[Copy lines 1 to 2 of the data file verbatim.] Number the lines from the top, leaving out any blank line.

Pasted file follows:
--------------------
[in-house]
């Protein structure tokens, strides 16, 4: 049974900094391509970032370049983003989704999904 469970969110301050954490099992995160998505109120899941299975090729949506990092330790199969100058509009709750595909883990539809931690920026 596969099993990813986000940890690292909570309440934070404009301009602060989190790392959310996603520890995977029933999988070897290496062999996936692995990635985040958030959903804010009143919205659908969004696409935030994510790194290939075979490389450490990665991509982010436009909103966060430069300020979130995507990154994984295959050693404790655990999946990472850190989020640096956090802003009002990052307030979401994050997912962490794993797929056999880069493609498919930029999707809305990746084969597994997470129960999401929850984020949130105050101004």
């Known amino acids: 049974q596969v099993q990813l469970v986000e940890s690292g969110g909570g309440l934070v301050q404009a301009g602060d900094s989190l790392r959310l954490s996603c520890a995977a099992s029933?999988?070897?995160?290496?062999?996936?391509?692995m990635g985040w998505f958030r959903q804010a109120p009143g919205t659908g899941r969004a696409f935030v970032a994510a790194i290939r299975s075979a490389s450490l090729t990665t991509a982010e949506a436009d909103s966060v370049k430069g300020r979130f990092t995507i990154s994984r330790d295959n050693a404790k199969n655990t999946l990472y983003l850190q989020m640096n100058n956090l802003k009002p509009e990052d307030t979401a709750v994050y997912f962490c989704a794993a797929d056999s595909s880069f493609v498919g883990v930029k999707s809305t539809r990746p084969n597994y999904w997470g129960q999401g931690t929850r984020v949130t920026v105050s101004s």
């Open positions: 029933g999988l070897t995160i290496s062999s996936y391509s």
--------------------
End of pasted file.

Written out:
[in-house]
């Protein structure tokens, strides 16, 4: 049974900094391509970032370049983003989704999904 469970969110301050954490099992995160998505109120899941299975090729949506990092330790199969100058509009709750595909883990539809931690920026 596969099993990813986000940890690292909570309440934070404009301009602060989190790392959310996603520890995977029933999988070897290496062999996936692995990635985040958030959903804010009143919205659908969004696409935030994510790194290939075979490389450490990665991509982010436009909103966060430069300020979130995507990154994984295959050693404790655990999946990472850190989020640096956090802003009002990052307030979401994050997912962490794993797929056999880069493609498919930029999707809305990746084969597994997470129960999401929850984020949130105050101004």